ThemeParks4Life: This seems to be a love it or hate it episode. We were pretty much in Beth’s POV for the episode, and I imagine we’ll find out more about the people in episode 6 or 7. Good episode, but might be the weakest of the season so far for The Walking Dead. B+
BamaEd: I thought this movie was brilliant. It took a little bit for Michael Keaton to really take over (the first third of the movie seemed to belong to Edward Norton) but when he did, WOW! I agree with Daniel Montgomery that the movie built on itself over time, and by the end, I was stunned. Visually it is a captivating movie. Love the look of one seamless shot. The lighting was fantastic as well. Norton was so good. Emma Stone was the best she has ever been and I fully support a nomination for her.
FreemanGriffin: Just got home from this movie Birdman. In my opinion: pretentious drivel!!!!!! Hear me out: the performances are all fairly one dimensional; the camera work was irritating (long continuous takes, which worked so well in Alfred Hitchcock‘s Rope but irritated me no end in this movie); poor editing; facile direction; the worst screenplay I’ve encountered in a long time (I’m aware it could win an Oscar – that doesn’t mean much when it comes to a screenplay); irriating science fiction fantasies.
KyleBailey: I just saw this and I liked it. It didn’t blow me out of the water like many are making it out to be but I thought it was solid. It was funny and the performances were nice but none are award worthy I believe. I really don’t get Keaton and especially Stone’s buzz. Stone is barely in the movie and has little to do. Norton did a good job but once again, don’t know why people are going crazy about it.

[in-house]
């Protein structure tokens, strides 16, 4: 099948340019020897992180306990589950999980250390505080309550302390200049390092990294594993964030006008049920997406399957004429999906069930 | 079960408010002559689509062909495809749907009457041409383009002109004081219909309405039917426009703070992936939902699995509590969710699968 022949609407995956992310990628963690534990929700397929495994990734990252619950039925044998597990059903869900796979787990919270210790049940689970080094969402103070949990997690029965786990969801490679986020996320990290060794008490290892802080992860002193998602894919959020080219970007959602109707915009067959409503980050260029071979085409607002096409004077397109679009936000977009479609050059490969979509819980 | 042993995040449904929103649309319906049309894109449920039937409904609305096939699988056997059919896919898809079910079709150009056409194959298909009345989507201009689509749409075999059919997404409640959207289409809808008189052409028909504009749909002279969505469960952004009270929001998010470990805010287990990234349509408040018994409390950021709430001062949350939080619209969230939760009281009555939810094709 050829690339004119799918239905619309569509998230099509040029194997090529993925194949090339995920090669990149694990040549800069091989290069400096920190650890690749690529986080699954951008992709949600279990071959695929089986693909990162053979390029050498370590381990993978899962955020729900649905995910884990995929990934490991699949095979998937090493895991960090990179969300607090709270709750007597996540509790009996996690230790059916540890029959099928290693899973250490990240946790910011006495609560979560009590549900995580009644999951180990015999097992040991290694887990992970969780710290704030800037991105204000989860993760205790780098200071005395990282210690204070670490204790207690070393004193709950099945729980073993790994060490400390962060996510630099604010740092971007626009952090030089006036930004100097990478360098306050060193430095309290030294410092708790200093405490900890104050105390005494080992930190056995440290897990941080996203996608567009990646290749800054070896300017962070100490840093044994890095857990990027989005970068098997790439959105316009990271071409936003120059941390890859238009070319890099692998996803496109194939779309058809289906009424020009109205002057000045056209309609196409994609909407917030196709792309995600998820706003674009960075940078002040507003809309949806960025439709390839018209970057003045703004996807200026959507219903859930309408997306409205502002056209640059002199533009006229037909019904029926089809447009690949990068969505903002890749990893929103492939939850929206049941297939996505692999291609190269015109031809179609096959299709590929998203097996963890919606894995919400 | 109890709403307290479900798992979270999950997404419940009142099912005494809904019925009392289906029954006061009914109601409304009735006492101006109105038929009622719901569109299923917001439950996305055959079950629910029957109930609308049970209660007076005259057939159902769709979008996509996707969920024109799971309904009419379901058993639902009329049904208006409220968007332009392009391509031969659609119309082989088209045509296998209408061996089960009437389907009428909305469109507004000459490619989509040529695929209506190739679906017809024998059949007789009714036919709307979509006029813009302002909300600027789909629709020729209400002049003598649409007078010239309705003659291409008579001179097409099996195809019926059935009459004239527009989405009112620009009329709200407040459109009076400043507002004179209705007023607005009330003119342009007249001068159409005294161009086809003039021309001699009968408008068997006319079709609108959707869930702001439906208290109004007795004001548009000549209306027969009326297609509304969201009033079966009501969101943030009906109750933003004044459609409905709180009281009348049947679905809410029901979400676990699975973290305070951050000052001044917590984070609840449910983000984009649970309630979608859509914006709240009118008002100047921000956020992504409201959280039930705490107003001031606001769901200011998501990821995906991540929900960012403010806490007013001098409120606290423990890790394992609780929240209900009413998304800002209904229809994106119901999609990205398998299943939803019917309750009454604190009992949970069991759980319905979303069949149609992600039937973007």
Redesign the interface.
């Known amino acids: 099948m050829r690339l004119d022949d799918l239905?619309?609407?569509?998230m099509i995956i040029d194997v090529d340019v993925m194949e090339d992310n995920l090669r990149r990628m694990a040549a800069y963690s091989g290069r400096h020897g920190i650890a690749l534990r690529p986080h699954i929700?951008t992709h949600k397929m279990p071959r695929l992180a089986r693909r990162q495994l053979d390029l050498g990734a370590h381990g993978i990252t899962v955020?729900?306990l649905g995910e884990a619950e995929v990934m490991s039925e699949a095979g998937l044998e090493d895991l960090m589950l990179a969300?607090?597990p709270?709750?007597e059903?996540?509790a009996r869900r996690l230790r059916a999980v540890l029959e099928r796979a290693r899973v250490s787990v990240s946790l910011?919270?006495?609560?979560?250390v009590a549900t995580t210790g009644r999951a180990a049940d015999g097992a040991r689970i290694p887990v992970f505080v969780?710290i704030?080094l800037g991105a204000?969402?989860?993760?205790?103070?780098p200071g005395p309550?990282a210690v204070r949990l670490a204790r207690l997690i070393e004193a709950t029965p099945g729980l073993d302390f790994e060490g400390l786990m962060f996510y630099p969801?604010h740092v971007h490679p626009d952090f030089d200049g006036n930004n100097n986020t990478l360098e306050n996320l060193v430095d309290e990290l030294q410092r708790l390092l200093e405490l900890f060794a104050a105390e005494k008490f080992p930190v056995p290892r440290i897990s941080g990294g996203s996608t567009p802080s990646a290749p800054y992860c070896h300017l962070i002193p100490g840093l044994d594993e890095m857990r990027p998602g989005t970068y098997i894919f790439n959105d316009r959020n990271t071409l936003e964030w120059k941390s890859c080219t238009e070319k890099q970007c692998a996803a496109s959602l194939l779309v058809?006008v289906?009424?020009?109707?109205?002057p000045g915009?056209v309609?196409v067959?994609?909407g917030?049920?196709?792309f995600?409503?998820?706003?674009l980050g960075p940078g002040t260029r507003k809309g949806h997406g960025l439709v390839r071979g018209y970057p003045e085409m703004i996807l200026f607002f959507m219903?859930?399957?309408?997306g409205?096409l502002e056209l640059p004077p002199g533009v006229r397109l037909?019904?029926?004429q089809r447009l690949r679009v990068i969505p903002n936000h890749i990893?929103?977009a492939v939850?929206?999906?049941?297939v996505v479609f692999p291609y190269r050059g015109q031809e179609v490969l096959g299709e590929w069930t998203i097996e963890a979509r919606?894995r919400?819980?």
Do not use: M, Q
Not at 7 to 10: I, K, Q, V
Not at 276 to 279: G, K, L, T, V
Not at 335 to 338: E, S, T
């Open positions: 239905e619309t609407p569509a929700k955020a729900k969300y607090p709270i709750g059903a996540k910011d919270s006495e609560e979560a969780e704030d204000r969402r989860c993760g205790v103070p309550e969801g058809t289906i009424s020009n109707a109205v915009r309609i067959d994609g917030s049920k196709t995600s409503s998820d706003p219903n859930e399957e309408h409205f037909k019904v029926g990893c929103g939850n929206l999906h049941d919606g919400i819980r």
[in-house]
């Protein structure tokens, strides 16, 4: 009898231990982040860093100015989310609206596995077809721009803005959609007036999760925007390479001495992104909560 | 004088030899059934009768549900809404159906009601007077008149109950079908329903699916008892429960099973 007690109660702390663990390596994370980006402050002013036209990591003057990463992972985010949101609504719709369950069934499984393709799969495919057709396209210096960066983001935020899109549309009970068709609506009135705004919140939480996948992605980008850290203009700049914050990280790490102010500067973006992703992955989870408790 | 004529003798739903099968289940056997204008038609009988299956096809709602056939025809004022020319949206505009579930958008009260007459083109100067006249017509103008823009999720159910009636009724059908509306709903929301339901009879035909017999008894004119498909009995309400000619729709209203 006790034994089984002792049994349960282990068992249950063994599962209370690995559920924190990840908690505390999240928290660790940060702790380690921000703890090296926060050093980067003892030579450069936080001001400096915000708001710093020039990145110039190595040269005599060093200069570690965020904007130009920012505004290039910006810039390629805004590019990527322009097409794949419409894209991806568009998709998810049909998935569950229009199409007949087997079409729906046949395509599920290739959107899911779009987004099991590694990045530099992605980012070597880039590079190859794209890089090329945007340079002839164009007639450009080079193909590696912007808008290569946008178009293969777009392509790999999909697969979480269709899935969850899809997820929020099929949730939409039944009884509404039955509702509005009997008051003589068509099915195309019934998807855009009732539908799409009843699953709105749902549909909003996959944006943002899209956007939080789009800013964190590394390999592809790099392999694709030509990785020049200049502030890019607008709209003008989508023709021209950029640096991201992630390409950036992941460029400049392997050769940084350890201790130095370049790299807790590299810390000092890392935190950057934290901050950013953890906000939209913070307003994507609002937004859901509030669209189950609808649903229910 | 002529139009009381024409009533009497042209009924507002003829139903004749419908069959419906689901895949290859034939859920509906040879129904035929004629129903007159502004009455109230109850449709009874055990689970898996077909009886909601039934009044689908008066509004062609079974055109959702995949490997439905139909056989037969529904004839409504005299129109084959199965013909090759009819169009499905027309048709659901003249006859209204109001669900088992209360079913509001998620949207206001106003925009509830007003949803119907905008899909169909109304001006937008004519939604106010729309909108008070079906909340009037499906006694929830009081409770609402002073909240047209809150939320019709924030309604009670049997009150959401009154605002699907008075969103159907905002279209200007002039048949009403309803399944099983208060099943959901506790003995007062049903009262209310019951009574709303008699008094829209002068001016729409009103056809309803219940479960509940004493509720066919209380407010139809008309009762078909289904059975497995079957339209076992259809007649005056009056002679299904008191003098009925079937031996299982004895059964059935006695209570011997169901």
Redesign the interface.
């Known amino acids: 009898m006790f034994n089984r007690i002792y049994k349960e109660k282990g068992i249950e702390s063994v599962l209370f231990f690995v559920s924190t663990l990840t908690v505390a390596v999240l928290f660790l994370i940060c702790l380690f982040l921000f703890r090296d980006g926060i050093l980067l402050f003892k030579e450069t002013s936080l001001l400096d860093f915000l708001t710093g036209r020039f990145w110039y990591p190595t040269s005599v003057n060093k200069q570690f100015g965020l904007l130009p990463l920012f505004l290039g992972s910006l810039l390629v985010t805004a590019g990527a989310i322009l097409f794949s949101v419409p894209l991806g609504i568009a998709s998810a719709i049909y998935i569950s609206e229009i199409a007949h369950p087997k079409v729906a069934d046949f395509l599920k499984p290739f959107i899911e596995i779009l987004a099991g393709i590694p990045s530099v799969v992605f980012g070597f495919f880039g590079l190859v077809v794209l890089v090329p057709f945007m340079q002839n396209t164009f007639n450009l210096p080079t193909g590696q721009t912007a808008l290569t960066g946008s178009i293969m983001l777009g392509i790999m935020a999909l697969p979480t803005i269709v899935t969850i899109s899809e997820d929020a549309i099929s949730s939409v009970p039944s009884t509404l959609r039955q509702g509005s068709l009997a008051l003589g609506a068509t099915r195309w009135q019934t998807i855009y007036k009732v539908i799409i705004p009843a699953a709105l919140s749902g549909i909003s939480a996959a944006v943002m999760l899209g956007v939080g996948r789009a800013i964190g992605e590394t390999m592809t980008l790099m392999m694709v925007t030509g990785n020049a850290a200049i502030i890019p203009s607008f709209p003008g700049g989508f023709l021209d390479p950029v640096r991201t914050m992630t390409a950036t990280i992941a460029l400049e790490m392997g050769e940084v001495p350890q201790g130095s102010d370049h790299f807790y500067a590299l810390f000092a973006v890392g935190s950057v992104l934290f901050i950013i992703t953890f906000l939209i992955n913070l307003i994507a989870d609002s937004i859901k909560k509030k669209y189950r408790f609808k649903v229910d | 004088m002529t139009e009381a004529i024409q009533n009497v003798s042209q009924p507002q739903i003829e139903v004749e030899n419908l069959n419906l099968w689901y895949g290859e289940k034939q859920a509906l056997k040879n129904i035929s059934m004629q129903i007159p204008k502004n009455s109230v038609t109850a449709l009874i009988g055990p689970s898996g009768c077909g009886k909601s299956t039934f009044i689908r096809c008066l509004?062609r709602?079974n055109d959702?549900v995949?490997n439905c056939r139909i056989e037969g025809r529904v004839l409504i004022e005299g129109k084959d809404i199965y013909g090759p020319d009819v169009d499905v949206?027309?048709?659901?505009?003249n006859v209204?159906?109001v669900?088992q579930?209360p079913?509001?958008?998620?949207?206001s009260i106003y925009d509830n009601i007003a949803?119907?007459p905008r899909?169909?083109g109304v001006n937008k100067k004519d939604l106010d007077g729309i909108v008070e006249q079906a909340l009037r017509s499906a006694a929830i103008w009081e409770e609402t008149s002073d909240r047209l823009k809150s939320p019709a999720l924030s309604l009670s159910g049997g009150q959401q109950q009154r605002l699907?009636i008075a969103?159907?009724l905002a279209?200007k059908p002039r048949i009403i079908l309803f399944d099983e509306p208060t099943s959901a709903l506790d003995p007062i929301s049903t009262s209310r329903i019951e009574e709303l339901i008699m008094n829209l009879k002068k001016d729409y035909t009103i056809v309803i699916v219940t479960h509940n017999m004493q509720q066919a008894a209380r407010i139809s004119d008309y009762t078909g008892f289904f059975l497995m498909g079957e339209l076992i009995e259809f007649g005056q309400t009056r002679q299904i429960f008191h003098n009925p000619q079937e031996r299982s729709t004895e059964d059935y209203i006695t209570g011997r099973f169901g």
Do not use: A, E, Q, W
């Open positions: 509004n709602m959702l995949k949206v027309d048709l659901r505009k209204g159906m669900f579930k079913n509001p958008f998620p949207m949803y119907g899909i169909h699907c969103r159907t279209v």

Carol-Channing: Just came back from this one. It’s glorious. A huge accomplishment in filmmaking. Not enough can be said about the direction, editing, and cinematography. They should all be frontrunners.
espnfan: Wow, what a great episode. “Message Discipline” was another top-notch episode in what has been a stellar start to season six. The Good Wife is absolutely on fire in every aspect, maybe even moreso than season five. What a treat to have David Hyde Pierce join the show. He continues the long tradition of outstanding casting and guest stars on The Good Wife. Even though he will only be around for six episodes, I cannot wait to see what impact he will have in Alicia Florrick’s world. Just like Mike Kresteva/Matthew Perry, he will be a wrothy opponent to a Florrick running for public office.
Boidiva02: I’m very interested in how they’ve been building the Alicia/Finn friendship. It’s becoming clearer by the day they are going to be good friends but not likely romantic partners. I’m very interested by the idea of Alicia having a platonic male friend, and how loyal he’s being to her. Athough part of me thinks it would have been far more interesting if Finn had instead of quitting his job had stayed on and tried to sabotage Castro’s campaign.
GraemeONeil: Yeah, I’m just gonna gush over this episode so I’ll keep it brief… Finn connecting the dots on both sides of the case was fantastic, David Hyde Pierce was excellent, Connie Nielsen was superb, and the use of Kalinda was perfect. My favourite scene was her maintaining her 30feet on the phone with Cary then telling him her plan. I was only underwhelmed by the fact by finding that lost/presumed dead witness just ended with him now being dead. Seemed like an odd twist to take.